Almost a hundred years ago, a theologian named John Gresham Machen made a distinction between biblical, historical Christian and so-called “liberalism.” I often don’t use words like “conservative” and “liberal” because they instantly bring to mind all kinds of political ideas, some of which aren’t helpful. But when Machen talked about “liberalism,” he meant a drifting away from orthodox Christianity, a movement away from the Bible. And he said that Christianity and liberalism were two different religions. For the so-called liberal, “Jesus for him is an example of faith, not the object of faith. The modern liberal tries to have faith in God like the faith which he supposes Jesus had in God; but he does not have faith in Jesus.”[2] But that was not the Christianity of the apostles, including Paul. “Jesus was not for Paul merely an example for faith; He was primarily the object of faith. . . . Not the example of Jesus, but the redeeming work of Jesus, was the primary thing for Paul.”[3]

The apostles knew that Jesus was their champion. If we were to go back to our sports analogy, he won the “big game” for them. Yet so many people today think they can win the game on their own, and that their job is to follow the example of Jesus. The irony is that if you try to win on your own, even if you follow Jesus’ example to the best of your ability, you’ll never win. But if you admit you can’t win, and you trust Jesus’ victory on your behalf, you’ll win the trophy, and that prize will never be taken from you.

We get a sense of Jesus’ unique role in history in today’s passage, Luke 3:21–38. This passage consists of Jesus’ baptism and a genealogy that connects Jesus to the first man, Adam. This passage teaches us that Jesus is God’s unique, beloved Son, the one who comes to repair that damage that Adam, the first “son of God,” caused.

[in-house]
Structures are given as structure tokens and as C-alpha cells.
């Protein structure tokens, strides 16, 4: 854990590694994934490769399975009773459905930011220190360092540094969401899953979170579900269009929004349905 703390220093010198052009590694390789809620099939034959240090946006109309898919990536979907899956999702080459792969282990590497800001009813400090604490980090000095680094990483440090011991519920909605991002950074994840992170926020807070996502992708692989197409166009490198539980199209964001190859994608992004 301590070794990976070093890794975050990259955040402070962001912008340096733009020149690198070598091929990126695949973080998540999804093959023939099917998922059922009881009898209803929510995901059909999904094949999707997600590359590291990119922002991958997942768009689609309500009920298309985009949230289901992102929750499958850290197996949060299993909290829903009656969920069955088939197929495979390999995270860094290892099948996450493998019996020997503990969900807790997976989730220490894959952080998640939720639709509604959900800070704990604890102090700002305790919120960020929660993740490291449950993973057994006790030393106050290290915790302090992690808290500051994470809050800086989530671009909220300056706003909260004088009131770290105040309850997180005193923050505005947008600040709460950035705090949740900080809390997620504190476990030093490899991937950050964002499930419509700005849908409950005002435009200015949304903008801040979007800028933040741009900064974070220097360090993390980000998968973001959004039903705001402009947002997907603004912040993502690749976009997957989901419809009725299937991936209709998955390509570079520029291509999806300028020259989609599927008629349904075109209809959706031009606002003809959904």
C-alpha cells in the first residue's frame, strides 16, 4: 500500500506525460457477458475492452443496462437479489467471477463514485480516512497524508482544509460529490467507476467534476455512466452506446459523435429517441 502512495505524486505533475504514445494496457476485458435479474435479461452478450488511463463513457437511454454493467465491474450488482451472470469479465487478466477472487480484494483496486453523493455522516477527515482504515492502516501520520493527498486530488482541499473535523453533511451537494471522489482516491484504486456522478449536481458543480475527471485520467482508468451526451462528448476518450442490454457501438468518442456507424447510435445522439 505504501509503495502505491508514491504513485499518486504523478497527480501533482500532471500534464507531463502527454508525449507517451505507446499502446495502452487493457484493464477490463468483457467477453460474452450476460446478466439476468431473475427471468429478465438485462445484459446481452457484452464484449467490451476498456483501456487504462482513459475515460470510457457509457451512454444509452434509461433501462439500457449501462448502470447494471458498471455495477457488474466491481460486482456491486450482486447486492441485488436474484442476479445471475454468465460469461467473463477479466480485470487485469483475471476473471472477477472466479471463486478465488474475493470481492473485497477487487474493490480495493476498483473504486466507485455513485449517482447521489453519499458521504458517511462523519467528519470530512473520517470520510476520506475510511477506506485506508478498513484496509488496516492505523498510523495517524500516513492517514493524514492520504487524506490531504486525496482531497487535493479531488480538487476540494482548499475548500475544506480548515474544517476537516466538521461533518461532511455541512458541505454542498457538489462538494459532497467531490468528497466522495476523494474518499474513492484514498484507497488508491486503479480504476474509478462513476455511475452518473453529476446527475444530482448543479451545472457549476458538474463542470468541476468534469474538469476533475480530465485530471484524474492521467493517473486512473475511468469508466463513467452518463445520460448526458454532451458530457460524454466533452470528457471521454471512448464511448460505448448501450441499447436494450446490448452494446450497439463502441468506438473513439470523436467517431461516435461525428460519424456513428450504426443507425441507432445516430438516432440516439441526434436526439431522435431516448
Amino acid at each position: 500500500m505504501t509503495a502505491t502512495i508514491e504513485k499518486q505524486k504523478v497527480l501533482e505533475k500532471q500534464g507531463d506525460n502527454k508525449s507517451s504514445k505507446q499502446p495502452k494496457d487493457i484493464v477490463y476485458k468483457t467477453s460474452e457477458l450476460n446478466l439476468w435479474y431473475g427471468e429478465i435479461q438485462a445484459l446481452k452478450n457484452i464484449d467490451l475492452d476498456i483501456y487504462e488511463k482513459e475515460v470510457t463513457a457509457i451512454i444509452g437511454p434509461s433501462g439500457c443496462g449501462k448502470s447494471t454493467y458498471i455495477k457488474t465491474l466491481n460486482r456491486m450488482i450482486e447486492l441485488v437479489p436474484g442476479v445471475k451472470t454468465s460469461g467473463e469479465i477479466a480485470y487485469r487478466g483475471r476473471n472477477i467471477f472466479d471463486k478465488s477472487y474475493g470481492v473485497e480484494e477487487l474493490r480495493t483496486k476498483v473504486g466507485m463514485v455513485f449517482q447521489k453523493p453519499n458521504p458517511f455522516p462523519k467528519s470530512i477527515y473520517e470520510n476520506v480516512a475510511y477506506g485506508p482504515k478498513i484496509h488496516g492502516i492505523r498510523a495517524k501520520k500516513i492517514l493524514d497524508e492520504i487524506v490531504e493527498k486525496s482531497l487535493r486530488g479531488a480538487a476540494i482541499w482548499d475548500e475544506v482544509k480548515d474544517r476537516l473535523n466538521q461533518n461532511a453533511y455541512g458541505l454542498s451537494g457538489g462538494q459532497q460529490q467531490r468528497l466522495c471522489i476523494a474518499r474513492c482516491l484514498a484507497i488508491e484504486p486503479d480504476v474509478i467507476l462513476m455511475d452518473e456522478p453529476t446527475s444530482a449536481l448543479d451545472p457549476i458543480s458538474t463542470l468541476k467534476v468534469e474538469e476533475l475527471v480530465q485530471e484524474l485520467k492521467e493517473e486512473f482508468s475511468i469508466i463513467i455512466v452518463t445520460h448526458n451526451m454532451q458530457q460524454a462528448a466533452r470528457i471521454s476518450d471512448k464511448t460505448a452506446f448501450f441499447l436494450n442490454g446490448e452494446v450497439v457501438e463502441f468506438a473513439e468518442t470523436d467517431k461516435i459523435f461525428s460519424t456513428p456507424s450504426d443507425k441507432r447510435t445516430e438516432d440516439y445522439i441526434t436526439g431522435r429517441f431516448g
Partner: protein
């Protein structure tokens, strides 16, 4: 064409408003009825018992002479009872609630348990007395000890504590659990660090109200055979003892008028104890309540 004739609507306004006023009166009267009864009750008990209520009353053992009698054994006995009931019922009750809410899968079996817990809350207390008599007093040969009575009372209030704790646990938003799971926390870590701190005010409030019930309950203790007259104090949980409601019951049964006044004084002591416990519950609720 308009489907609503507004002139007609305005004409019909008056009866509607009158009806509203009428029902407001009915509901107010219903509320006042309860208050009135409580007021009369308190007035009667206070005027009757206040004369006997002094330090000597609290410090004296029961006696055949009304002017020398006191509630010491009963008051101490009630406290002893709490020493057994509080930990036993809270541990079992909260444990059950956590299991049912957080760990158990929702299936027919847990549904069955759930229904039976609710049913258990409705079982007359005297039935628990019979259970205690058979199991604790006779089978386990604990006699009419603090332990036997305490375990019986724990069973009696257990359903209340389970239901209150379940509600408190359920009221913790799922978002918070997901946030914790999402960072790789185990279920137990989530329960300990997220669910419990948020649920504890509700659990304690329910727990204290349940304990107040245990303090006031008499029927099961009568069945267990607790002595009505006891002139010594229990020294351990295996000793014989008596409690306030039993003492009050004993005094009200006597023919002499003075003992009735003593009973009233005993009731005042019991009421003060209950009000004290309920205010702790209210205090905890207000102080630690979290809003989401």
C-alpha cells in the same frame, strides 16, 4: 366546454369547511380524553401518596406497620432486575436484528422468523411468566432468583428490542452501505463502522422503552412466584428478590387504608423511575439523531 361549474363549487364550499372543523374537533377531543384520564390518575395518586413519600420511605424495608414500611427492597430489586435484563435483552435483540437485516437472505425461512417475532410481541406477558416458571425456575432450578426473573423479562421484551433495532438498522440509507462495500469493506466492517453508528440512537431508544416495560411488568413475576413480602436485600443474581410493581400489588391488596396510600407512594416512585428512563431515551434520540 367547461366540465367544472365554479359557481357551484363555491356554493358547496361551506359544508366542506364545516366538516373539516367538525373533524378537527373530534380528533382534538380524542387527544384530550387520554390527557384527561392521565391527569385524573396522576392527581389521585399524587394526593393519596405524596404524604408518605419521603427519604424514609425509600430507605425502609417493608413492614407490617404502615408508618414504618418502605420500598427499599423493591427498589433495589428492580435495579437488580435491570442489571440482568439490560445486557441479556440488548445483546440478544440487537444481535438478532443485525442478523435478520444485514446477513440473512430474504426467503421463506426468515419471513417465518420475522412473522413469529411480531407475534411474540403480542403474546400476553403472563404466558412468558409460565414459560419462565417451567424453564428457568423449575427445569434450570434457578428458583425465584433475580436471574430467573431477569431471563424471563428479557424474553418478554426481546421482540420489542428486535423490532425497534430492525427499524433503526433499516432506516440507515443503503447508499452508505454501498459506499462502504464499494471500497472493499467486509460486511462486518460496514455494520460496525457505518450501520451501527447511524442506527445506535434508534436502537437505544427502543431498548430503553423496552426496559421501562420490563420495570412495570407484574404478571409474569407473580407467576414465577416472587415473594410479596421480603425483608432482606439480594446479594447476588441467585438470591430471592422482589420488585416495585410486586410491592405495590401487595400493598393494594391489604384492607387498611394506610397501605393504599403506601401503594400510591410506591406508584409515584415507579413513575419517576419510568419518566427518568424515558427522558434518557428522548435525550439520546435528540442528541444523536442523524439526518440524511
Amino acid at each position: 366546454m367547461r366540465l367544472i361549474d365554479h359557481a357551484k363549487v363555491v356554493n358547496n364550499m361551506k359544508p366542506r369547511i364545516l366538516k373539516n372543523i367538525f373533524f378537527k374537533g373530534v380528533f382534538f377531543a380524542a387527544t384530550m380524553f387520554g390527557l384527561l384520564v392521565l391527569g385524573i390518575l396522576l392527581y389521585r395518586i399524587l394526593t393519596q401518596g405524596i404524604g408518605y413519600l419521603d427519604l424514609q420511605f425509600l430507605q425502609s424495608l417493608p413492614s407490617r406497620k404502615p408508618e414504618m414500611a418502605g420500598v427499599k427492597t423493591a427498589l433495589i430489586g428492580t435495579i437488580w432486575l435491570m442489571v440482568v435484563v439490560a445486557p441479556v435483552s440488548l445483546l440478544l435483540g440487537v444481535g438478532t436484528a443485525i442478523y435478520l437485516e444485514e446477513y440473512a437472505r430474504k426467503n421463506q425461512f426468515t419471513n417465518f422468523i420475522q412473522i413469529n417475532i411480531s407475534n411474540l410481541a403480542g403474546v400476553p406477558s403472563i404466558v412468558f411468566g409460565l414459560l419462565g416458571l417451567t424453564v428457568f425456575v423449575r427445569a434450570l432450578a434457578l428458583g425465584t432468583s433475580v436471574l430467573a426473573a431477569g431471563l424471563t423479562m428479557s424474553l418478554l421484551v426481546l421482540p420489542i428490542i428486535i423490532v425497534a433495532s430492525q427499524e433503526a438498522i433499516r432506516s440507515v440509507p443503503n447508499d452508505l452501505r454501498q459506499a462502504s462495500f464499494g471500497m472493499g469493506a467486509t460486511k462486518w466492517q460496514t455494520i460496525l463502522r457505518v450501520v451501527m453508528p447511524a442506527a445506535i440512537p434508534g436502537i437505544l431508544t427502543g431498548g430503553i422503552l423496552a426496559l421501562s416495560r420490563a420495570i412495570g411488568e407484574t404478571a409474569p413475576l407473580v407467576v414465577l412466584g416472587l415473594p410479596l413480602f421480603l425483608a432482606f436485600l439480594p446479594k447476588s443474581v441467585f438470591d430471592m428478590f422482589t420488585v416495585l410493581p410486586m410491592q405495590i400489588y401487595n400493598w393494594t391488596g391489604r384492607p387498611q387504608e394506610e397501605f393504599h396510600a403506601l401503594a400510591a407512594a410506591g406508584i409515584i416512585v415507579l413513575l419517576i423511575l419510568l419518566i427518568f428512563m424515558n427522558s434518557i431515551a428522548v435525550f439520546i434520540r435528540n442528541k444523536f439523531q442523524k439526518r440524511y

Let’s begin by reading the first two verses, Luke 3:21–22:

21 Now when all the people were baptized, and when Jesus also had been baptized and was praying, the heavens were opened, 22 and the Holy Spirit descended on him in bodily form, like a dove; and a voice came from heaven, “You are my beloved Son; with you I am well pleased.”[4]

Last week, we saw that Jesus’ relative, John, was baptizing people as a way of preparing them for the coming of the Messiah. He was “proclaiming a baptism of repentance for the forgiveness of sins” (Luke 3:3). He was showing the people of Israel that they were rebels against God, they were unclean from their sin, and they needed to be washed. John’s job was to point the way to the one who came after him, the one mightier than him, the one who would baptize with the Holy Spirit and with fire (Luke 3:16).

Now, Jesus is baptized. Luke doesn’t say that it was John the Baptist who performed the baptism, but Matthew tells us that. Matthew also gives us a little more information about Jesus’ baptism, so I’ll go ahead and read Matthew 3:13–17:

13 Then Jesus came from Galilee to the Jordan to John, to be baptized by him. 14 John would have prevented him, saying, “I need to be baptized by you, and do you come to me?” 15 But Jesus answered him, “Let it be so now, for thus it is fitting for us to fulfill all righteousness.” Then he consented. 16 And when Jesus was baptized, immediately he went up from the water, and behold, the heavens were opened to him, and he saw the Spirit of God descending like a dove and coming to rest on him; 17 and behold, a voice from heaven said, “This is my beloved Son, with whom I am well pleased.”

Now, if you’re paying attention, and if you know anything about Jesus, you may wonder why Jesus would be baptized. In fact, that’s what John wondered. John tried to stop Jesus, but Jesus says he needed to be baptized.